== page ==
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Why We College Football Fans Really Dig the NFL Scouting Combine

INDIANAPOLIS, IN - FEBRUARY 26: Marc Anthony of the University of California participates in the vertical jump during the 2013 NFL Combine at Lucas Oil Stadium on February 26, 2013 in Indianapolis, Indiana. (Photo by Joe Robbins/Getty Images)
Joe Robbins/Getty Images
Michael FelderNational CFB Lead WriterFebruary 27, 2013

The NFL Scouting Combine wrapped up with the defensive backs a day ago and the NFL masses left Indianapolis with more data, medical reports and personal takes than you can usually get in one place. The biggest job fair in sports came to a close and now we've got about two months of rumors, posturing and guessing games.

For draftniks the combine is great. NFL fans look at their possible targets and get giddy during the event. Fans of individual college teams all root for their guys.

Now, for a guy like me, who has been watching all of these kids work for their collegiate teams on Saturdays; the combine is a real treat because it means watching them go out and try to ball hard on the biggest individual stage they're going to get.

Whether you're a first-round-caliber guy, or a mid- to late-round pick, the combine is a chance to help increase the likelihood of an NFL GM, coach, scout and the like, falling in love with what you bring to the table. It's a chance to confirm what they have seen on film, prove that you belong on their board and, hopefully, make a couple extra bucks by showing what you can do.

The combine is not, by any means, the end all be all when it comes to draft stock. Granted, "draft stock" is not a thing that I truly deal in because the NFL is 32 individual teams with a myriad of opinions within their own draft rooms. But, that doesn't mean the combine is, as so many under-educated fans try to tell us, meaningless.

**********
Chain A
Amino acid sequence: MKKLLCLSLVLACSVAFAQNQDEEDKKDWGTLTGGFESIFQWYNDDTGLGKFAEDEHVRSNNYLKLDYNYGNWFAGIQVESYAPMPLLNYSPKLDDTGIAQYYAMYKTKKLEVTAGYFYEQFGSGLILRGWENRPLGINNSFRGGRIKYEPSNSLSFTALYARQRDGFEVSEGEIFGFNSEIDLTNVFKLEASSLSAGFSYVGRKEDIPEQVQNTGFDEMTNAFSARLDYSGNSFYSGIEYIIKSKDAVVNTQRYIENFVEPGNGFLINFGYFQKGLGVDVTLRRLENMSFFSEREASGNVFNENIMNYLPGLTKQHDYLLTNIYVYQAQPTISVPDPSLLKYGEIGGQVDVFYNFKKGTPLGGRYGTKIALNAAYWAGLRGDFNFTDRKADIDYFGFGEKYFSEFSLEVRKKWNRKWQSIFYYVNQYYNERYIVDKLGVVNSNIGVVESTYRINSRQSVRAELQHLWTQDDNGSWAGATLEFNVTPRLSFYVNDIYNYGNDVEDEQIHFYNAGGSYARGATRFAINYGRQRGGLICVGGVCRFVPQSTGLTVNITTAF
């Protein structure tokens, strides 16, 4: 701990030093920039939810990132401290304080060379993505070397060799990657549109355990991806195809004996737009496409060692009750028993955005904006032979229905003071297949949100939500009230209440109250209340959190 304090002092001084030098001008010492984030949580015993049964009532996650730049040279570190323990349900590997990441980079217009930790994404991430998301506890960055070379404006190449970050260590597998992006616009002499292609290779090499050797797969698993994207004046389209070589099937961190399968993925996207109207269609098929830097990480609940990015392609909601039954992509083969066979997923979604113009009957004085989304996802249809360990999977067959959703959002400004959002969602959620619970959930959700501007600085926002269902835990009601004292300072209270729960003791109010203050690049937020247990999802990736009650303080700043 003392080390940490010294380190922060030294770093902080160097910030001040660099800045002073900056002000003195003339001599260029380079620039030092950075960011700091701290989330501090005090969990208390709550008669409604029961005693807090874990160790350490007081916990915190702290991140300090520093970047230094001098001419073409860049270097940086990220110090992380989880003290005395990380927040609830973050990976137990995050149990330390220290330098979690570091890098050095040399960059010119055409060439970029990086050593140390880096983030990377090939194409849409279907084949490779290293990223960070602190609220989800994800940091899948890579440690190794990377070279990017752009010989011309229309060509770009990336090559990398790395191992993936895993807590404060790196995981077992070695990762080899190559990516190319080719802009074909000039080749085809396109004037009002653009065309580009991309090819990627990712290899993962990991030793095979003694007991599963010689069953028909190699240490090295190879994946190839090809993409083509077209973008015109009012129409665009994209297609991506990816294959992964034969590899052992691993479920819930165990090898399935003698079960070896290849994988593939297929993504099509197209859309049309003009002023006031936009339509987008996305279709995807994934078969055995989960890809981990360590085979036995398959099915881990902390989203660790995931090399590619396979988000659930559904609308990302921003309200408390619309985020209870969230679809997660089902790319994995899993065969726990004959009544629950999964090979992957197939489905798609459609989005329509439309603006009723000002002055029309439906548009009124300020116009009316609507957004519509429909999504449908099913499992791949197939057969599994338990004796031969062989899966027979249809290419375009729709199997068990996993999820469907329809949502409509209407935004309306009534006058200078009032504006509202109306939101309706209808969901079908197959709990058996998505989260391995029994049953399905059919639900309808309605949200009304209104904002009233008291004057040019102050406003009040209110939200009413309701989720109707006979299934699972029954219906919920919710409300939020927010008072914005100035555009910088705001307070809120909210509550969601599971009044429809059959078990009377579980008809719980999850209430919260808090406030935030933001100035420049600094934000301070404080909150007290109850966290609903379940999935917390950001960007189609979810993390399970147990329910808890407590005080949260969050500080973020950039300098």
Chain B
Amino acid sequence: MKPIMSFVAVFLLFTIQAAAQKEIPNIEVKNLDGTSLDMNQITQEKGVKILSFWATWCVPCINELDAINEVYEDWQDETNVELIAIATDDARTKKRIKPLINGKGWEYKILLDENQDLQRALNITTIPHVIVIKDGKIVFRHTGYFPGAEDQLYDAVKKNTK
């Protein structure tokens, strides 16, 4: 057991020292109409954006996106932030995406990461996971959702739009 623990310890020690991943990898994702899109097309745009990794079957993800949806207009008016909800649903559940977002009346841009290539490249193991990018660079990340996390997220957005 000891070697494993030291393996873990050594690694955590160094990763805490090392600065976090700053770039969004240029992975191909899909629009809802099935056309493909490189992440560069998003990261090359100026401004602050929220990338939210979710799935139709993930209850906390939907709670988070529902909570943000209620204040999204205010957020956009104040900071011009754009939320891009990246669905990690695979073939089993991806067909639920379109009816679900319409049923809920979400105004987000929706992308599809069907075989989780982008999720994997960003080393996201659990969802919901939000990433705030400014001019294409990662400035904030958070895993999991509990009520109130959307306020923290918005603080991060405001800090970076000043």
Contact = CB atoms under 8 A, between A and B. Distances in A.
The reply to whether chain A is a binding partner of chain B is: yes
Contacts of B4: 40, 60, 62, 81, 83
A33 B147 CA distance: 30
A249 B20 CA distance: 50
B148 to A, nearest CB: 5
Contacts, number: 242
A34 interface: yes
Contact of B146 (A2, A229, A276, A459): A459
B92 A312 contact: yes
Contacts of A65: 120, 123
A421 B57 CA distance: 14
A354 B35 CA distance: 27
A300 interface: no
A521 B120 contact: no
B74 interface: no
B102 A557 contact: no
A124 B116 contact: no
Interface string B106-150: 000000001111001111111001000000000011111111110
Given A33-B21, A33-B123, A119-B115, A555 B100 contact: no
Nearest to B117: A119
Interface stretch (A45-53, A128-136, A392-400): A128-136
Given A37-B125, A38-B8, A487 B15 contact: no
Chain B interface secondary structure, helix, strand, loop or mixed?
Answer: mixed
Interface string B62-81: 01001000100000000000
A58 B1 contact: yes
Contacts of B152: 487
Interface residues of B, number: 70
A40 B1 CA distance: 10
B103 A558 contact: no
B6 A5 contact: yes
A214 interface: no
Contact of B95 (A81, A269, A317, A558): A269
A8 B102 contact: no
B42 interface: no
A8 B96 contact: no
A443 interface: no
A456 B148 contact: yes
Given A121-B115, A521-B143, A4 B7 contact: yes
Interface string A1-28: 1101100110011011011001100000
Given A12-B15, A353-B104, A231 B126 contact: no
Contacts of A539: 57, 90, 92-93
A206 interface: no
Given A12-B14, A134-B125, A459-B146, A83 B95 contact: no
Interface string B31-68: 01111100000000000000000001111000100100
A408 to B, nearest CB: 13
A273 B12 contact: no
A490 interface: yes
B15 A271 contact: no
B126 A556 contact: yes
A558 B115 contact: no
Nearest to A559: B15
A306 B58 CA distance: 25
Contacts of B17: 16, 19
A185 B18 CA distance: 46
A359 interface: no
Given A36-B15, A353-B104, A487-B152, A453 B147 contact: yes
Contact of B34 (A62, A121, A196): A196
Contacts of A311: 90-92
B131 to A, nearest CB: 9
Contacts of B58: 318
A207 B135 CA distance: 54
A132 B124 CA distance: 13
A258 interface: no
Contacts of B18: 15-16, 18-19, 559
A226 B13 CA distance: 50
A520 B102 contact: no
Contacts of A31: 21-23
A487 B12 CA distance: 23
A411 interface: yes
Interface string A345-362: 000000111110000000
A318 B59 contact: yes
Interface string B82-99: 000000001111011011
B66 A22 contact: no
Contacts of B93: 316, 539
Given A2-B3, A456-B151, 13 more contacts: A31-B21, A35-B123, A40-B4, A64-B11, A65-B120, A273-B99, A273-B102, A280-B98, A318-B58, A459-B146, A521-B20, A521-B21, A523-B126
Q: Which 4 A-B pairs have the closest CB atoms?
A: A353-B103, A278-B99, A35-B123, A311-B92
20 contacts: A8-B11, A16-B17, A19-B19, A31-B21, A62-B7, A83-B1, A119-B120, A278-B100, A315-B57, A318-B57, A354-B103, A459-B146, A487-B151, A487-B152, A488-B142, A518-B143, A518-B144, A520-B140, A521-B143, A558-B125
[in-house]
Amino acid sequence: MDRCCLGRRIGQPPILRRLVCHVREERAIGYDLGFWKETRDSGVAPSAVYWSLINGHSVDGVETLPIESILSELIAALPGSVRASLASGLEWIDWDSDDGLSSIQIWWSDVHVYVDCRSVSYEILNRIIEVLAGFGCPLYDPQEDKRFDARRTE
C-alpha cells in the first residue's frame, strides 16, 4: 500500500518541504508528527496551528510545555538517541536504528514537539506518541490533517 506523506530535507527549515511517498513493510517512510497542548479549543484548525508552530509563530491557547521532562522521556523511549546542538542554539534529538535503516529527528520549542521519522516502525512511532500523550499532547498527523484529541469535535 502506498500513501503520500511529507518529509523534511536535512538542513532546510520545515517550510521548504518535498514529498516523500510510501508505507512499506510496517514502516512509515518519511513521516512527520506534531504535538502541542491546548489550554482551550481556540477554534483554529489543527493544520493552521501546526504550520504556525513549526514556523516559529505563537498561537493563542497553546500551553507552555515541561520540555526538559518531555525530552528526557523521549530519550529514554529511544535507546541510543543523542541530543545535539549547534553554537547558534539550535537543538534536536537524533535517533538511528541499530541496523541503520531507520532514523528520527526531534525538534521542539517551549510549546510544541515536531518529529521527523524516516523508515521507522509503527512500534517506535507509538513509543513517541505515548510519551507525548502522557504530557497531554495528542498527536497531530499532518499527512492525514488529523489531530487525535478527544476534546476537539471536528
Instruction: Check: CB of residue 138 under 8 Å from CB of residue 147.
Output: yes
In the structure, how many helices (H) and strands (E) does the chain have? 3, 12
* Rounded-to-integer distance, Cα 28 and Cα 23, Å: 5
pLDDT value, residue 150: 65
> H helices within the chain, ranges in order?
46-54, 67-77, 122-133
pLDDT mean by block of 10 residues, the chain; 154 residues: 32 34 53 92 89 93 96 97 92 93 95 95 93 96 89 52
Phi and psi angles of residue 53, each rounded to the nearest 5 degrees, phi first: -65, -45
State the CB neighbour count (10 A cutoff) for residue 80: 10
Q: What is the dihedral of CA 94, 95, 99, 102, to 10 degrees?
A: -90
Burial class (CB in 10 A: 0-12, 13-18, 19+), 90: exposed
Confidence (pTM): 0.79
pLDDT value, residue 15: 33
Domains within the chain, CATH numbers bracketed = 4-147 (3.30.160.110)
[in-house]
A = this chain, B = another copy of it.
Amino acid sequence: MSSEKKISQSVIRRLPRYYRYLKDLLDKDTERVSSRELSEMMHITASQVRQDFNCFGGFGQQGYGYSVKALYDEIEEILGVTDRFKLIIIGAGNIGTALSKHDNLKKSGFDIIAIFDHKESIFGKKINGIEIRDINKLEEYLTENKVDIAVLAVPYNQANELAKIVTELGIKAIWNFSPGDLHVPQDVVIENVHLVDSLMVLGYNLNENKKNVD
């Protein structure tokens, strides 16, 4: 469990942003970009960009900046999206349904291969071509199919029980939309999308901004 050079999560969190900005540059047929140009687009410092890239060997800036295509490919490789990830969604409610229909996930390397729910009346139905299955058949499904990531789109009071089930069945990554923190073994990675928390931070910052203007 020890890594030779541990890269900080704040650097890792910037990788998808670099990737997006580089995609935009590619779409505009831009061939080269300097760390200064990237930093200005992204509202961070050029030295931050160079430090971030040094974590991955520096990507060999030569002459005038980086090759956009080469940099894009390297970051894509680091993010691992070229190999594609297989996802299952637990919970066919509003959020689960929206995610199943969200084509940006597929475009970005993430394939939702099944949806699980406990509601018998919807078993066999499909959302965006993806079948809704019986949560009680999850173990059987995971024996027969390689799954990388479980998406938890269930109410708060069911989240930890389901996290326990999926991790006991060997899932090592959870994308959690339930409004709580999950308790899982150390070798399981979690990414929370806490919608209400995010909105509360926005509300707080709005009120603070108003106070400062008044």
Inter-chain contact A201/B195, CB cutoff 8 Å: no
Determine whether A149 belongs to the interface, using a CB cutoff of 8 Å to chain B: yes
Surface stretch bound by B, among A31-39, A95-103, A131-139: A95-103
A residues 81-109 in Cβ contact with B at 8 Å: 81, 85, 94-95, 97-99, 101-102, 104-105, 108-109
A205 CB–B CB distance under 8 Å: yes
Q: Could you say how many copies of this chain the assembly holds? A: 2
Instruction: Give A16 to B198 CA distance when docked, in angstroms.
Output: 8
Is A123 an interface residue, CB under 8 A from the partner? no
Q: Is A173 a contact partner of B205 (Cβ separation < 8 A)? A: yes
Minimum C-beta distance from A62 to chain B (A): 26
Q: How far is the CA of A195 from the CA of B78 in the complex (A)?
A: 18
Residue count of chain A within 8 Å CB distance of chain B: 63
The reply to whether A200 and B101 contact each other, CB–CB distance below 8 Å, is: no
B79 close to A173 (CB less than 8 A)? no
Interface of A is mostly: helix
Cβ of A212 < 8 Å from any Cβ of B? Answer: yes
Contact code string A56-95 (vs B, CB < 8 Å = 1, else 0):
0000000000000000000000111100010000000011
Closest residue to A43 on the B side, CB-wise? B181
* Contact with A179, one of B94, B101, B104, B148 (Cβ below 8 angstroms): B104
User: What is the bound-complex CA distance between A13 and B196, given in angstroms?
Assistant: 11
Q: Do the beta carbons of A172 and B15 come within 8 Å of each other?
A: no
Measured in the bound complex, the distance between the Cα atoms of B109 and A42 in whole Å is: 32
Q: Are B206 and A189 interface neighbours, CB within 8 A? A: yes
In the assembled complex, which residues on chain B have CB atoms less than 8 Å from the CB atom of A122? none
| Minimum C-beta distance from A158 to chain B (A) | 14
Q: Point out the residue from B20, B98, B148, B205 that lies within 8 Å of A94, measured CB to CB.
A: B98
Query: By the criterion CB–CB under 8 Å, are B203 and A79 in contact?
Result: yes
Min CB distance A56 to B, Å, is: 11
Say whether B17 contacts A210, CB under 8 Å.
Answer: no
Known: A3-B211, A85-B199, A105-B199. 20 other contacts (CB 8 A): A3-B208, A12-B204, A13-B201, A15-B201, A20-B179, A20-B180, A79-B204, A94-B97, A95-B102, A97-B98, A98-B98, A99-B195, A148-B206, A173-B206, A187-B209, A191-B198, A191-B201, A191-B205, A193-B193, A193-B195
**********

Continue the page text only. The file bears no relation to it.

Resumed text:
Hard numbers on drills are great to have. They give you a baseline. But what is more important, at least to a guy like myself, is actually watching the drills themselves. It's a chance to see how these kids move. Are they smooth, fluid athletes that get into and out of breaks with no wasted motion and relative ease? Or, are they straining in the face, off-balance and flailing arms, instead?

It's about watching guys play on the balls of their feet and maintaining a good body lean. Sinking their hips and not bending at the waist. Yes, in the 40 and jumps you're looking for explosive power. However, once the position groups hit the field, you want to see those raw numbers translated to movement.

If you're a college guy, like myself, you've been watching these kids play ball every week. You've seen them over the last few years and you have a good idea of what they are. Seeing them tested is merely an opportunity to watch how the film matches up with their numbers.

When you invest as much time and gain as much enjoyment out of football at the collegiate level as I do, it's hard not to root for the kids. And I don't just mean a specific team. Rather, I'm talking about all the players. They get after it and bust their behinds on a daily basis to make college football work. This combine is sort of a coming-out party, a chance for them to build on their college performances and earn a solid payday.

Some guys will get drafted high, others will be selected in the back half of the draft. Still, other players will not be drafted at all. Some guys will flourish, others will take time to succeed. Some will, for lack of a better term, fail at the NFL level. It's a hard business and while player performance matters tremendously, so too does getting selected by a team that fits what you do best.

Regardless of it all, as a college football guy, I love the combine because I'm rooting for these guys too succeed. Getting to watch them succeed makes it that much better.

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